Publisher — 22 October 2013 — by Evan X Hyde

It’s difficult for a Creole to talk about people and things Garifuna. The history between the two groups of black people is so delicate. Myself, in the beginning I had thought I could discuss matters freely in these pages, because I had come out of the Roman Catholic educational stream here, most Garifuna in Belize being Roman Catholics, and because the UBAD organization I led had emphasized the African ancestral commonalities between the two groups, or tribes. At the time of Dr. Ted Aranda’s removal or resignation as UDP Leader in late 1982, and his subsequent political moves in 1983, however, there was an extraordinary atmosphere, and my sense was that I could not say what I thought about this situation. (Dr. Aranda had become the first Garifuna leader of a major political party in late 1979.)

As a relatively educated nationalist, I am much aware of how dangerous tribalism and ethnicity have been in the post-colonial Third World. A terrible civil war was raging in Nigeria when I was going to school at Dartmouth, and I remember that there were two Dartmouth students from Nigeria who did not speak to each other as a result of that war. One was Saleh Jibril, and I believe he was Muslim, and a non-Ibo, which is to say, he was either Hausa, Fulani or Yoruba, or some mixture thereof. The other Nigerian was a bearded, post-graduate engineering student by the name of Joseph Mhoude, who was definitely an Ibo.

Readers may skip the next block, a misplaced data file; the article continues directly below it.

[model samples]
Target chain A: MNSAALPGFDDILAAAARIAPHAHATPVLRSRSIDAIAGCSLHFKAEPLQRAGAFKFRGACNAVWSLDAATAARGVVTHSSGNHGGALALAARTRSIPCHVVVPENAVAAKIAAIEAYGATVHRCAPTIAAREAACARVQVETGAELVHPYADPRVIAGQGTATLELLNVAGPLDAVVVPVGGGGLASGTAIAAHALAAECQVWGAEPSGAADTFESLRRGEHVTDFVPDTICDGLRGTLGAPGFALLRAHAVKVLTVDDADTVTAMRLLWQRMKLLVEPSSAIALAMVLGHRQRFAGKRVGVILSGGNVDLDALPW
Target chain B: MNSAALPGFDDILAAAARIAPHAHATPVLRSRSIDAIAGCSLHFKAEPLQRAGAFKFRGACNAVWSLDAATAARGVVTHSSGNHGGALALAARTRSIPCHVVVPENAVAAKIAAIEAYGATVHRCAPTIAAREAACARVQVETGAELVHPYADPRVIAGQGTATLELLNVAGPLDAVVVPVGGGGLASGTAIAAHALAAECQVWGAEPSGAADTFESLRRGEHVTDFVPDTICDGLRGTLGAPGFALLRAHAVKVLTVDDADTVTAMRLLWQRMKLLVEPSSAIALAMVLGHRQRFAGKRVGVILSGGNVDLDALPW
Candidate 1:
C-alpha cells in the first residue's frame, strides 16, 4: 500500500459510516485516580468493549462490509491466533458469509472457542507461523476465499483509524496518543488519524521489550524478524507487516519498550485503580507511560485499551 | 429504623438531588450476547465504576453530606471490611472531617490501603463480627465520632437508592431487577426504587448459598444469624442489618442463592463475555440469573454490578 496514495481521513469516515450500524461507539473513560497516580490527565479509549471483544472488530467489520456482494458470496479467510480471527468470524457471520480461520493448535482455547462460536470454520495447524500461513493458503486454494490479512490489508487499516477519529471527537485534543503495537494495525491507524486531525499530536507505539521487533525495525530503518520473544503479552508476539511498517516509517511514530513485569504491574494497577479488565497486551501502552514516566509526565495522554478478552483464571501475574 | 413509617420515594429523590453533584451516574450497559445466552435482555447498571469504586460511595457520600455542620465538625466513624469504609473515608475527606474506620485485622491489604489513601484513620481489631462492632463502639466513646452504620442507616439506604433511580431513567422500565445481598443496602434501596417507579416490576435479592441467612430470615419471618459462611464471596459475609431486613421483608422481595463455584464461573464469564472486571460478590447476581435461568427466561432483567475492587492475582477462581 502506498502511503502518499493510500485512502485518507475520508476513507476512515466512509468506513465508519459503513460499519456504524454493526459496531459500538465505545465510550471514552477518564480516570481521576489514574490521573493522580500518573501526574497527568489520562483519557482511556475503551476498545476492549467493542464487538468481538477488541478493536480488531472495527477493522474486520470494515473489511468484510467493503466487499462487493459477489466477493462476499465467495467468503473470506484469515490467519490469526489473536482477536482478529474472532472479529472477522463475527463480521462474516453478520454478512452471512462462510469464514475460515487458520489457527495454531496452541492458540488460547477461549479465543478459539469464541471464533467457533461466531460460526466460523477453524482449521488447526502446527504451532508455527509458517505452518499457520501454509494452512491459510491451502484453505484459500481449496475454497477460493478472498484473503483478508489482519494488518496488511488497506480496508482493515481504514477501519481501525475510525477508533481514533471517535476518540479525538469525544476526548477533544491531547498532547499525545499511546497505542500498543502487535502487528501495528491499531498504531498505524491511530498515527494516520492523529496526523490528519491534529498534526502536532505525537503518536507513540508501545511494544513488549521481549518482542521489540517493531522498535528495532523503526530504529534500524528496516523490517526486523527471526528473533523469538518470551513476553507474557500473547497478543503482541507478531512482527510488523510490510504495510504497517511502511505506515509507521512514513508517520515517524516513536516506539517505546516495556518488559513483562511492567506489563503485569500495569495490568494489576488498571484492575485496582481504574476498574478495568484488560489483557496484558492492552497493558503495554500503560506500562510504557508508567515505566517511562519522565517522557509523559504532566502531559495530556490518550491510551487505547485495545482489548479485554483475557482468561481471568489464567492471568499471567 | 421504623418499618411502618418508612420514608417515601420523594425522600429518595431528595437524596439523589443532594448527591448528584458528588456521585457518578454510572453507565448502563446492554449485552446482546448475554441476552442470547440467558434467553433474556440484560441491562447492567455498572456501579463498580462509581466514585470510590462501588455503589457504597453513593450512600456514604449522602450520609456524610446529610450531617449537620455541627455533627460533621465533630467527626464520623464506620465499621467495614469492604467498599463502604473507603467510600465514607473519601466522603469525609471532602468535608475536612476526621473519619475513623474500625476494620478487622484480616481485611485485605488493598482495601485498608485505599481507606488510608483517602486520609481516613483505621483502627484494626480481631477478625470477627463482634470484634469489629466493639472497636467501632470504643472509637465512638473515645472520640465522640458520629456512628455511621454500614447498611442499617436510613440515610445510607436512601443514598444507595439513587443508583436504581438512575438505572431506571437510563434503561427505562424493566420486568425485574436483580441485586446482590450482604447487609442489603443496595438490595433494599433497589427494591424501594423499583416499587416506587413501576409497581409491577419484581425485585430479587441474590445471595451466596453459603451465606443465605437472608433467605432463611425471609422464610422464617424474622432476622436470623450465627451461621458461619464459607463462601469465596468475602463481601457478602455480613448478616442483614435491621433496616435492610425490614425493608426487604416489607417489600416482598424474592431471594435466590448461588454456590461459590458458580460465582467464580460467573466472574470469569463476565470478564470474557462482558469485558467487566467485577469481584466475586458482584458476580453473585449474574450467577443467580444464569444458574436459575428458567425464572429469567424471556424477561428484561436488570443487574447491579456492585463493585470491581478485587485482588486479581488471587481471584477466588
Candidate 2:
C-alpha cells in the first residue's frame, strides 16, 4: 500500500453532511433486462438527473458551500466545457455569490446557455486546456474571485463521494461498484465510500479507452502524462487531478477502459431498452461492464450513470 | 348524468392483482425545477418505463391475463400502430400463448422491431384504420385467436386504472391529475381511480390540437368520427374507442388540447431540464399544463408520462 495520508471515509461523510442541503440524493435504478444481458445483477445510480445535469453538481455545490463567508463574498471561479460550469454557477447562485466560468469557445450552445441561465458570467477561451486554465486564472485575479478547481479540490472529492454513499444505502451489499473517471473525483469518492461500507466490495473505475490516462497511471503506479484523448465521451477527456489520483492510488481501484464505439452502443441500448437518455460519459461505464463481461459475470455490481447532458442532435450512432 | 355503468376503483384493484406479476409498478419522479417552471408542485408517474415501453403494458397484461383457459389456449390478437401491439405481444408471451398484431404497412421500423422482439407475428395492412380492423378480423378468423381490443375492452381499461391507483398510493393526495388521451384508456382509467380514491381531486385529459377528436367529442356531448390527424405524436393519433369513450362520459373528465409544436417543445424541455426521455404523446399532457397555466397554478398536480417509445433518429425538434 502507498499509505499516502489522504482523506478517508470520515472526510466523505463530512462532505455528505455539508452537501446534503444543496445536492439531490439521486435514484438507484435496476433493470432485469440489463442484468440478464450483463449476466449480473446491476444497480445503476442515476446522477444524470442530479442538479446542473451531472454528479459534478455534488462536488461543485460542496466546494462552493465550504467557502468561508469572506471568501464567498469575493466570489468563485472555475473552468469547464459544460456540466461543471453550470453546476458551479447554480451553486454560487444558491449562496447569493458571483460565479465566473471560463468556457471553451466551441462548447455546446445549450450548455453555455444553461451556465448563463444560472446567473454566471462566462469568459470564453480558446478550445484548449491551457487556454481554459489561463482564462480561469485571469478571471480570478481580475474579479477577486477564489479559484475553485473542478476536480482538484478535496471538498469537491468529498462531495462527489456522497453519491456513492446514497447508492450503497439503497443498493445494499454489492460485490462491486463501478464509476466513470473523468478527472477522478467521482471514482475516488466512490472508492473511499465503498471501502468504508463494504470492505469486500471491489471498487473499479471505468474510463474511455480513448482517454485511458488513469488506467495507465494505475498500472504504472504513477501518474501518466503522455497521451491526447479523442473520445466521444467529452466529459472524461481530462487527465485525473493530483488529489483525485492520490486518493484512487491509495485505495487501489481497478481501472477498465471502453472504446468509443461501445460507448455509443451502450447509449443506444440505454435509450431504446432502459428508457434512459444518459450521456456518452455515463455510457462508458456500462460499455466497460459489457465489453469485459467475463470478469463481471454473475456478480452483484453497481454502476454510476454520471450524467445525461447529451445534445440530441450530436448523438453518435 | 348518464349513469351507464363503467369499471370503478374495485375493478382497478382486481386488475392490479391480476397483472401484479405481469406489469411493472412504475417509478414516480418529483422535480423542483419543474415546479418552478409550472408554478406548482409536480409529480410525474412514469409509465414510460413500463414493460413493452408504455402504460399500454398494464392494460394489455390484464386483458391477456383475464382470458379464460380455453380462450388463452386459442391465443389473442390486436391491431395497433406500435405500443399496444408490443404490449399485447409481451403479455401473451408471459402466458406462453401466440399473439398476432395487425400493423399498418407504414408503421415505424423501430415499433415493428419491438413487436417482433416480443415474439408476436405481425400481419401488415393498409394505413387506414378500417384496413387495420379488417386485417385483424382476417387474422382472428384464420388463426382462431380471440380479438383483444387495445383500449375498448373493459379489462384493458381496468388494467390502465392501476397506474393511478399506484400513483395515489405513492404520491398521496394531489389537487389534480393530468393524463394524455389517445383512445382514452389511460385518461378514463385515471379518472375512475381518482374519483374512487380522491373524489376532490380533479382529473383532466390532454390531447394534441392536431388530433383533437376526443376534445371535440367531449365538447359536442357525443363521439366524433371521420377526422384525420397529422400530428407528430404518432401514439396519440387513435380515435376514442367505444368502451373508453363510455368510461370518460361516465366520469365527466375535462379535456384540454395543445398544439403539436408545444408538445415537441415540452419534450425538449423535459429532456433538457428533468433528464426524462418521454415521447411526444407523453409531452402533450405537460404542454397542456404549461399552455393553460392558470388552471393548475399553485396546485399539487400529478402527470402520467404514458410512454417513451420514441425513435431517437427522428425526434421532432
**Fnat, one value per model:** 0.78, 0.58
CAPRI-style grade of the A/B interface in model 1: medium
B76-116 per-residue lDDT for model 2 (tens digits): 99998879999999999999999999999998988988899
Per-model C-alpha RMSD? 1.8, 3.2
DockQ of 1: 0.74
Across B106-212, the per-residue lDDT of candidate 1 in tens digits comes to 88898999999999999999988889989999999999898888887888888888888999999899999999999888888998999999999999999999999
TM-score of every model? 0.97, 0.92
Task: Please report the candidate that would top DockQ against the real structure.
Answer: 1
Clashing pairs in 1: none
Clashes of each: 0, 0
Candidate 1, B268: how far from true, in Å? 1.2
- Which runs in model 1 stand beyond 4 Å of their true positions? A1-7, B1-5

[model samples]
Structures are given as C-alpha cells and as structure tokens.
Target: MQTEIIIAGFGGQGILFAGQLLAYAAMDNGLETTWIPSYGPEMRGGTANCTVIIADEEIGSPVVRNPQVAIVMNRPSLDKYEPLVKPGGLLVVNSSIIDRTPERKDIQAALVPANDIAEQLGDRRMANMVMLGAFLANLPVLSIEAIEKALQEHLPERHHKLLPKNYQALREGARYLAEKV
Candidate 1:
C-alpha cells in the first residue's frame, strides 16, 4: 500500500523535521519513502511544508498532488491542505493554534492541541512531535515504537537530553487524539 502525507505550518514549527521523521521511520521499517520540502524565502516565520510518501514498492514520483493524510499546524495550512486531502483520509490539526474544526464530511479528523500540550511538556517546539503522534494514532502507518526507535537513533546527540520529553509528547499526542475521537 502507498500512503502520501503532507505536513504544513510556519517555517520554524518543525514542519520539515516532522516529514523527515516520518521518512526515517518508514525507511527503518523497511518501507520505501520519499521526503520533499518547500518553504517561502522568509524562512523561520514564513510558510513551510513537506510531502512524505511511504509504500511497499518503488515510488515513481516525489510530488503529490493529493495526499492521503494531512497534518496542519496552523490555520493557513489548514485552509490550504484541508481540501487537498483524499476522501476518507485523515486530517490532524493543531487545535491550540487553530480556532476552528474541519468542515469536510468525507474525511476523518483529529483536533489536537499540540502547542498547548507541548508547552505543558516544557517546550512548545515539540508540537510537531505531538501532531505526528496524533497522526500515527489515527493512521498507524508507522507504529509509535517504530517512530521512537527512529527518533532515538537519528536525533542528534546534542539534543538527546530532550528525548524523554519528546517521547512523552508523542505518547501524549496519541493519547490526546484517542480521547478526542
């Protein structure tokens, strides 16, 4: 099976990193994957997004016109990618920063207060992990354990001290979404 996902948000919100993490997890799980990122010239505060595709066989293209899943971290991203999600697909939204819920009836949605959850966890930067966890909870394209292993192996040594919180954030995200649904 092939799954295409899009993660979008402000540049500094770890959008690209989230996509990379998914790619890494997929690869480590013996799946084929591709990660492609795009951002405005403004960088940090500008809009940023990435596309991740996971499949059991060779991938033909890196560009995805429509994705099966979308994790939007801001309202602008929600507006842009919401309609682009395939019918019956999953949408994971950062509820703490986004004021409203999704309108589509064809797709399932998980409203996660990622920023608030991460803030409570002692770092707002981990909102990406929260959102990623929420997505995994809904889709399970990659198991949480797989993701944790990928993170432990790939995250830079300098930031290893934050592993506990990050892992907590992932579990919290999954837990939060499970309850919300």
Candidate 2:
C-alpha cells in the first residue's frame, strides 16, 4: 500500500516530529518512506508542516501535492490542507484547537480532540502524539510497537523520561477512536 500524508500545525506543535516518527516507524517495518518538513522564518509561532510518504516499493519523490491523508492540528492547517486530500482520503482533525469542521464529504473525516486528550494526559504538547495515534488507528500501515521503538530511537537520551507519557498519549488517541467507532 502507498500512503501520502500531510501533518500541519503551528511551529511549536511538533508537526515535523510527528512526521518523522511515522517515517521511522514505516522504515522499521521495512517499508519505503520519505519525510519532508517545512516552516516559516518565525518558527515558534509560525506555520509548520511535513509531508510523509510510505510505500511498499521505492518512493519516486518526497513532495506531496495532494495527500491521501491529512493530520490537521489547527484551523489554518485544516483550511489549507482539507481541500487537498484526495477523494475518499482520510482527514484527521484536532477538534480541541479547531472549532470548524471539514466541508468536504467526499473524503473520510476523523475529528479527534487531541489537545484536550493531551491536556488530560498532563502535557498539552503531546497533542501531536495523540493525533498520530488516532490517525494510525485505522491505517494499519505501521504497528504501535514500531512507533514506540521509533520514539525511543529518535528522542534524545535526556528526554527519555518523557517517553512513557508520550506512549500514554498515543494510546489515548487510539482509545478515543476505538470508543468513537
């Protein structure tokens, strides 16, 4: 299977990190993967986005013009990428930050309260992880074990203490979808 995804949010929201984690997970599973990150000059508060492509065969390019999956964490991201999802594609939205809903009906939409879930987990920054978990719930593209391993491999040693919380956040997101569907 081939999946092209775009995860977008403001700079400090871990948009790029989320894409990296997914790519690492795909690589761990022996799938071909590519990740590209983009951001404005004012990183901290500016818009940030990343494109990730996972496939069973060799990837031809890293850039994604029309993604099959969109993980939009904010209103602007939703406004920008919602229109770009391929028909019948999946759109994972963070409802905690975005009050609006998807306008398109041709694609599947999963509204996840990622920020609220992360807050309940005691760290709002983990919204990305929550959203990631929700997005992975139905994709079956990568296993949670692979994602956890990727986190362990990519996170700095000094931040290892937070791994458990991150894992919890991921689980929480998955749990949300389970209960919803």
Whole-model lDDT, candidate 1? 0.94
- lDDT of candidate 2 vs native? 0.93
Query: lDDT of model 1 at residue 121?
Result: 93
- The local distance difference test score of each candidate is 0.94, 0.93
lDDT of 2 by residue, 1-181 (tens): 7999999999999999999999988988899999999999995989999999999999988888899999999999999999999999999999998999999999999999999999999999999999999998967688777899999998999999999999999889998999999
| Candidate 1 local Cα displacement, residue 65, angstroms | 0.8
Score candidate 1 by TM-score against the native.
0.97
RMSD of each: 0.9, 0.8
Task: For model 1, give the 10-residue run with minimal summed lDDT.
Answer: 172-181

As a result of massacres of the Ibo people, who controlled the eastern region of Nigeria and were considered too successful by the other tribes in the northern and western parts of the country, the Ibos declared their territory a separate nation in 1967 and called it “Biafra.” An ugly and tragic civil war took place. Many children died, and many Ibos starved to death.

I recently read Chinua Achebe’s account of that civil war. Perhaps Africa’s greatest novelist, Achebe was a nationally and internationally recognized Ibo who ended up having to flee to Biafra to escape violence. Put it another way. He decided that if he and his family had to be killed, then it would be in his Ibo homeland. Achebe’s There was a country is a book you should read sometime.

In Belize, the northern region is Mestizo and Maya, the central region is Creole, and the southern region is Garifuna. I am painting with a broad brush in such an ethnic analysis of Belize. The situation is made more complex because of religion. The north is Roman Catholic, the center is Anglican and Methodist, and the south is Roman Catholic.

We are all Belizeans. Those who desire certain materials out of our country are foreign capitalists and imperialists. They have their Belizean collaborators. If interested foreign interests and forces decided to divide us, they would do so along tribal, ethnic and religious lines. We Belizeans are conscious of our ethnic differences, but we do not discuss these differences openly and seriously. I think we should. We should not bury our heads in the proverbial sand.